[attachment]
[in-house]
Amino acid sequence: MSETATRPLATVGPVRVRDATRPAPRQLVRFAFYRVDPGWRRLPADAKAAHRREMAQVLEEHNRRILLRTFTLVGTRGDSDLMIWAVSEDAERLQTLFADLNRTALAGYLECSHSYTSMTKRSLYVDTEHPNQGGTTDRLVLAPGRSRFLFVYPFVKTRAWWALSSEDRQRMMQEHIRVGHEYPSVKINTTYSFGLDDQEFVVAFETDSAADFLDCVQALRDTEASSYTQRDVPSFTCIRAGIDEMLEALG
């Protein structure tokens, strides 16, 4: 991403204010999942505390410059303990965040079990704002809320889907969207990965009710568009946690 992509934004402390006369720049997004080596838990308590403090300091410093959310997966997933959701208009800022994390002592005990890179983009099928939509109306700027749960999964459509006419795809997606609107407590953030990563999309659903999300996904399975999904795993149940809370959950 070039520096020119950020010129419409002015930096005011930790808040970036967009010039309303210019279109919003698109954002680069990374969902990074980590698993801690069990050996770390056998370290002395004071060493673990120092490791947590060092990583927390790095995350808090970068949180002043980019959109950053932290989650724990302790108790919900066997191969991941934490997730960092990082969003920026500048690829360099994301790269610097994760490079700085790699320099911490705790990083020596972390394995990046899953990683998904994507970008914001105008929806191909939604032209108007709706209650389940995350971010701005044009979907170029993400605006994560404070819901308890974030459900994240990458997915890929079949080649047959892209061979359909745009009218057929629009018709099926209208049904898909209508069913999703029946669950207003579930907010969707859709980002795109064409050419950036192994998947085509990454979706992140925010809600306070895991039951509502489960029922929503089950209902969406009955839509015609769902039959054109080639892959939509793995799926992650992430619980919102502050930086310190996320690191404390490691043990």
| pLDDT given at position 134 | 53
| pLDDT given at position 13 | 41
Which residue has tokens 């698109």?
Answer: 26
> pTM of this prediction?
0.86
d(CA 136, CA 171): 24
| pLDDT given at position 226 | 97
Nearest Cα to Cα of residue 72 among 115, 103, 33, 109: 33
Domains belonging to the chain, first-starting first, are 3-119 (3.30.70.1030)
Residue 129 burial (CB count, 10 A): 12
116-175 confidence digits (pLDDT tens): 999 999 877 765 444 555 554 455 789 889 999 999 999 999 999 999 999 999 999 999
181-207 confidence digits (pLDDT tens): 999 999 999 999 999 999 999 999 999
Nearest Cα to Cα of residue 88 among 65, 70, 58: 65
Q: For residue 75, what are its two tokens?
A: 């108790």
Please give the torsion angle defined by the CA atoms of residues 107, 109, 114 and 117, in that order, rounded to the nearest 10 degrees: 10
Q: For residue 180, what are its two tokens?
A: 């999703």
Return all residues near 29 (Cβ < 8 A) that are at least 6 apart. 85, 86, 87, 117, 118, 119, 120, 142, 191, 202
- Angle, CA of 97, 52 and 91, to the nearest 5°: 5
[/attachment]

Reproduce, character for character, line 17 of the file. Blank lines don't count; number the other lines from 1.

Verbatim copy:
Nearest Cα to Cα of residue 88 among 65, 70, 58: 65